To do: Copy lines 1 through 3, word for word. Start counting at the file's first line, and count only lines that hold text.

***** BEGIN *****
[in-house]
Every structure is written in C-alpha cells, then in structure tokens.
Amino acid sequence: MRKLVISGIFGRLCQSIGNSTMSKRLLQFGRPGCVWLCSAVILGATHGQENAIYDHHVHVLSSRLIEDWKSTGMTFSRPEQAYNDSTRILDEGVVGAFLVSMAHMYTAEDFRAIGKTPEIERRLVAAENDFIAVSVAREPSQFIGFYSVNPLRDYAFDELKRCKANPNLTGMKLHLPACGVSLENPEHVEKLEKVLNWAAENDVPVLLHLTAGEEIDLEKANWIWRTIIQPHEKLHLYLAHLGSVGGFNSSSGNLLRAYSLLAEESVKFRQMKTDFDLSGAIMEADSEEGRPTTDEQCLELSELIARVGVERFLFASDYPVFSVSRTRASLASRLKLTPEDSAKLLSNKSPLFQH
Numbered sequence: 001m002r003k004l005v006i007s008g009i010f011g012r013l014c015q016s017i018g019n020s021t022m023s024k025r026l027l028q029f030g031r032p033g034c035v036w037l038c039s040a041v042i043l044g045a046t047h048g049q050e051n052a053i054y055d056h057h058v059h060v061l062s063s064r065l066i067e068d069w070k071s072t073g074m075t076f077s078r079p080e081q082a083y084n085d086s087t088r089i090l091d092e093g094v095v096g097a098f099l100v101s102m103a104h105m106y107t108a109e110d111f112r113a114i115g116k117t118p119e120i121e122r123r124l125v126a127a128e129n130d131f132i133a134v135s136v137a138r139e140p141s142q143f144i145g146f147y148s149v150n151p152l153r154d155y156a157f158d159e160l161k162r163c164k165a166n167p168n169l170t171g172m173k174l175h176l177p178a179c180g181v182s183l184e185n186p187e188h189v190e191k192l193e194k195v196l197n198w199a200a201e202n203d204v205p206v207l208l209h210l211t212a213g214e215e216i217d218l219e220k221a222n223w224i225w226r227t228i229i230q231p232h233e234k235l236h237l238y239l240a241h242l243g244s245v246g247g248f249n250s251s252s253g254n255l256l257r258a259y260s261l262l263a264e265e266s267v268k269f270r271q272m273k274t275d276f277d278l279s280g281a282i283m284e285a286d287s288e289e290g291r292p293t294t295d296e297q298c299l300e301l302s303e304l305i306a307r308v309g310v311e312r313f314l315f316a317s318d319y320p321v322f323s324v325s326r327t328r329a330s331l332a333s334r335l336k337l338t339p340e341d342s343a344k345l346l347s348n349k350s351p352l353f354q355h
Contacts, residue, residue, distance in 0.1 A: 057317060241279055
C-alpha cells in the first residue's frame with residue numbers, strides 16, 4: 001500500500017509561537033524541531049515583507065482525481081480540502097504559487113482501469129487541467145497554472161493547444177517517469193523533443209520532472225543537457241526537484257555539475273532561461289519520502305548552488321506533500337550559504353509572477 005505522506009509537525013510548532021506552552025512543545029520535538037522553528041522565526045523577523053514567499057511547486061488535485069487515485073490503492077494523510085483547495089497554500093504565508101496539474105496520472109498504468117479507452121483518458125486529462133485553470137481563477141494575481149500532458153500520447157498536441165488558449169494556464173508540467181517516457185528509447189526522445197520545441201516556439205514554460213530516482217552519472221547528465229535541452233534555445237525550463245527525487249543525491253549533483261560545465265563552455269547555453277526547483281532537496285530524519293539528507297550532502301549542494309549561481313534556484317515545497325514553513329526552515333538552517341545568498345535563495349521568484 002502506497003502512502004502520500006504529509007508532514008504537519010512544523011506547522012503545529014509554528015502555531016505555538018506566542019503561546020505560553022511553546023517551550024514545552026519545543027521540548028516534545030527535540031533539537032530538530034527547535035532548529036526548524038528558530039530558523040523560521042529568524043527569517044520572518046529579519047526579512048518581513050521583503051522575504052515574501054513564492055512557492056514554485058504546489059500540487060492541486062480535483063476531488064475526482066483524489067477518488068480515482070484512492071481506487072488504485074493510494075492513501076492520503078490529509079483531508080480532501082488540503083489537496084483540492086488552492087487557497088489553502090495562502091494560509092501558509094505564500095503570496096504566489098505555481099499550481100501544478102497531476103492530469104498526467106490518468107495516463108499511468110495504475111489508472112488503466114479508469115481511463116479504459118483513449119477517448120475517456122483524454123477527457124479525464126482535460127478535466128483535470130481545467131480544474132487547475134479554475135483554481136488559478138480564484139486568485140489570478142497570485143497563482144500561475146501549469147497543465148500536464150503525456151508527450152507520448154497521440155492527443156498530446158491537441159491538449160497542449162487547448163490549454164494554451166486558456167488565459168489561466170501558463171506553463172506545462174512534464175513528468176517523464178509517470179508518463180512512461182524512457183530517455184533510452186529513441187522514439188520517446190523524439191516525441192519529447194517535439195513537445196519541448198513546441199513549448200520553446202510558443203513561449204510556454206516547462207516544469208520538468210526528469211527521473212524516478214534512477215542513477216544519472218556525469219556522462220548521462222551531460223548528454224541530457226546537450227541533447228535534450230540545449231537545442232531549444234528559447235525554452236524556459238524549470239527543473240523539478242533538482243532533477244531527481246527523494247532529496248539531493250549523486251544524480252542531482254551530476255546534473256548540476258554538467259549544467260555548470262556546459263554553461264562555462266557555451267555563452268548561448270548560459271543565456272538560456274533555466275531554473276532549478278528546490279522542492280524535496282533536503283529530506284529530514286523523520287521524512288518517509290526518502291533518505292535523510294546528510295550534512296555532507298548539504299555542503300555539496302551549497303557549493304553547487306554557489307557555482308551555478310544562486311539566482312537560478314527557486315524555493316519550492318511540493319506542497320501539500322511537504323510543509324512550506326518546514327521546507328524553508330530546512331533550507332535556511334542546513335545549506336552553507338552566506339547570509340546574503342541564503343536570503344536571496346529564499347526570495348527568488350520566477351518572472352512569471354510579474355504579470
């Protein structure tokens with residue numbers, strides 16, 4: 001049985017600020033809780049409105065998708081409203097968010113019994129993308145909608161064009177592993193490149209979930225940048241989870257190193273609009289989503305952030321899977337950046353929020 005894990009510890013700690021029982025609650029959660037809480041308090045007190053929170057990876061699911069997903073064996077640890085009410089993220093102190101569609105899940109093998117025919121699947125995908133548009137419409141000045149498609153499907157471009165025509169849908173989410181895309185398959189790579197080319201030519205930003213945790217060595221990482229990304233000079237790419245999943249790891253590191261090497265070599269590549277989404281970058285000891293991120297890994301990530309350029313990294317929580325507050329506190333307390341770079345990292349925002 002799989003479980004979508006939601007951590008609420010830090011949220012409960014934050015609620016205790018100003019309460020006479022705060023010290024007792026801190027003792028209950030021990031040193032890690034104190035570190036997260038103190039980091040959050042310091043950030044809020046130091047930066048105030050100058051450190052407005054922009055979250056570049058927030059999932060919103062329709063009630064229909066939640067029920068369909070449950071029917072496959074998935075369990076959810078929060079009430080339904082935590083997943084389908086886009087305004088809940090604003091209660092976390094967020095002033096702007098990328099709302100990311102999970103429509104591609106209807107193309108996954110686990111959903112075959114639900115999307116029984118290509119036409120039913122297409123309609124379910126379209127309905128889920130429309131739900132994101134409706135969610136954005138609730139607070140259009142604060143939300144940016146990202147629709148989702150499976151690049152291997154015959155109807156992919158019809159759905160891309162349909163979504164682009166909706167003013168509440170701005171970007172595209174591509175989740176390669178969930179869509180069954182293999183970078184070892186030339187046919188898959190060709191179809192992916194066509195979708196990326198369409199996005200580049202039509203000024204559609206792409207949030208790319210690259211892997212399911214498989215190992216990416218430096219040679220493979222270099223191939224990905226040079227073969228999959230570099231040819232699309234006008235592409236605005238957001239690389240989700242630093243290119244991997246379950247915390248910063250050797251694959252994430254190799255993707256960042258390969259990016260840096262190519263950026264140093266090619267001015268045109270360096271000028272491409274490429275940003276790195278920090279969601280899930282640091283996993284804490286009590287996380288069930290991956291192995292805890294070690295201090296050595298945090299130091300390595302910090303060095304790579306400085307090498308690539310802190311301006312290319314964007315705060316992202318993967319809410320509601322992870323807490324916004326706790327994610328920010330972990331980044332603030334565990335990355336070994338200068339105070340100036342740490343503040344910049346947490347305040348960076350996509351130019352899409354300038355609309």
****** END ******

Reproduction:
[in-house]
Every structure is written in C-alpha cells, then in structure tokens.
Amino acid sequence: MRKLVISGIFGRLCQSIGNSTMSKRLLQFGRPGCVWLCSAVILGATHGQENAIYDHHVHVLSSRLIEDWKSTGMTFSRPEQAYNDSTRILDEGVVGAFLVSMAHMYTAEDFRAIGKTPEIERRLVAAENDFIAVSVAREPSQFIGFYSVNPLRDYAFDELKRCKANPNLTGMKLHLPACGVSLENPEHVEKLEKVLNWAAENDVPVLLHLTAGEEIDLEKANWIWRTIIQPHEKLHLYLAHLGSVGGFNSSSGNLLRAYSLLAEESVKFRQMKTDFDLSGAIMEADSEEGRPTTDEQCLELSELIARVGVERFLFASDYPVFSVSRTRASLASRLKLTPEDSAKLLSNKSPLFQH